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Shock to the system

After our slow start on the first two days, with winds topping out at just 2 Bft, we finally started moving for real on the early morning of the 29th. The morning also brought clear skies, so that was a double bonus. The big swell from the day before had given way to an almost flat sea with the 14kn wind just rippling the surface. In these smooth conditions, we managed to reach a speed just above 9 knots. Some of that must have been caused by the Falkland Current, that starts here on its path around the East side of the Burdwood Bank, which we are about to cross. Wait…wind, clear skies, smooth sea, 9 knots? That’s a quadruple bonus!

The whole day was spent in the same conditions, so there was not a lot of sail-handling to be done. The crew had to find other ways to stay busy, but we can’t just pull everything apart for maintenance either. Jordi had a field day photographing the seabirds which were around in large numbers in the waters around the Burdwood Bank.

Sailing without voyage crew is a bit of a shock to the system. Without voyage crew on board, there is no large amount of dishes and after dinner cleanup to be taken care of and there is no eight o’clock meeting in the deckhouse to disturb the watch change at 20:00. The amount of nightly cleaning to be done is also significantly less. Normally the crew spends barely any time on the helm, but now they have to steer the ship 24/7, doing 45 minute turns at the helm. With the ship feeling
almost deserted, the watch handovers seem to become more of a social get together, with crew hanging around longer than usual. Some are asking for news about the world. A world we are physically isolated from at the moment, but not mentally. All are thinking about friends and relatives.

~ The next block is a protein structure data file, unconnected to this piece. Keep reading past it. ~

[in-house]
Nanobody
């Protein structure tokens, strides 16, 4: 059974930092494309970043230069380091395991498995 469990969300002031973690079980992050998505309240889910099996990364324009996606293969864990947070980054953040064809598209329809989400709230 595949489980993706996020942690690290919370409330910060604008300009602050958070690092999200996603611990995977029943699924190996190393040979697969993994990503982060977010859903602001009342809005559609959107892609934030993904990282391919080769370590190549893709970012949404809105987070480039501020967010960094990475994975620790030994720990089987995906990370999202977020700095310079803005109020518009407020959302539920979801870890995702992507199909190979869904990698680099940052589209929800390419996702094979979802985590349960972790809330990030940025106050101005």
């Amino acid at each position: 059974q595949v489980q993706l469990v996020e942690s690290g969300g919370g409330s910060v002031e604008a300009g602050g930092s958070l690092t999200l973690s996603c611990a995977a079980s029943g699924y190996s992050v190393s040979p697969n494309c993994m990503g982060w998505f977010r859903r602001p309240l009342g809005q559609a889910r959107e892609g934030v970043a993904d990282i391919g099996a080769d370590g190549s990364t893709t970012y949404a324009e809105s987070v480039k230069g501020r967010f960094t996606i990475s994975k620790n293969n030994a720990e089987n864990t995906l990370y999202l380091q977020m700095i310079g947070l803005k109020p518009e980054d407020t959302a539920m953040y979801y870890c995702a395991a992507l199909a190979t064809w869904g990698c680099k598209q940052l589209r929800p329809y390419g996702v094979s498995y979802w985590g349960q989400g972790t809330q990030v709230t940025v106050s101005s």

Just after sunset we were gathering behind the wheelhouse when we saw a satellite pass overhead, then another one and another one. Then a train of four satellites and they kept coming, all following a single path. We must have witnessed the passage of a train of mr. Elon Musk’s  Starlink satellites launched not too long ago, while they were still close together. These satellites are launched in stacks of 60 at a time, after which they slowly disperse throughout their orbit. They are to form part
of a global network of 12000 satellites, providing broadband communications to the world. Sixty satellites passing single file
overhead is an impressive sight, but it also spoils the beautiful starry sky, let alone 12000 of them.

I can’t say I’m looking forward to the possibility of being able to watch Netflix in the middle of the ocean. It clashes with our motto of being more connected without the internet. On the plus side, it won’t hurt to provide easy access to communication and knowledge, in areas in the world where that is now difficult or non-existent.

Only 8230nm to go now (15242km).

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